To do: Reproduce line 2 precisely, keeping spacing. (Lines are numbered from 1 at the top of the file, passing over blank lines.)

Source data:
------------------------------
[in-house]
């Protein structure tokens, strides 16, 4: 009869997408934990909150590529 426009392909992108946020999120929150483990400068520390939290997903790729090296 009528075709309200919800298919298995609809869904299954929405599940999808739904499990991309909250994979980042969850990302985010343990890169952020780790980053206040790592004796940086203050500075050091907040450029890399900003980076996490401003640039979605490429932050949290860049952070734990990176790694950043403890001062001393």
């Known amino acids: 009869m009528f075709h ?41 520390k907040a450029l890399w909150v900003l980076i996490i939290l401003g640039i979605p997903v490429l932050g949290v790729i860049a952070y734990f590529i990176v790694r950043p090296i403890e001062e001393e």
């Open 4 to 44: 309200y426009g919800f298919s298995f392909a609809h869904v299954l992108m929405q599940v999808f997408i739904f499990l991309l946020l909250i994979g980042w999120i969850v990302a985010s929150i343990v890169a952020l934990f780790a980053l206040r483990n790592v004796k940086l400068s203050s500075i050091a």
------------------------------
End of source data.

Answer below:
């Protein structure tokens, strides 16, 4: 009869997408934990909150590529 426009392909992108946020999120929150483990400068520390939290997903790729090296 009528075709309200919800298919298995609809869904299954929405599940999808739904499990991309909250994979980042969850990302985010343990890169952020780790980053206040790592004796940086203050500075050091907040450029890399900003980076996490401003640039979605490429932050949290860049952070734990990176790694950043403890001062001393």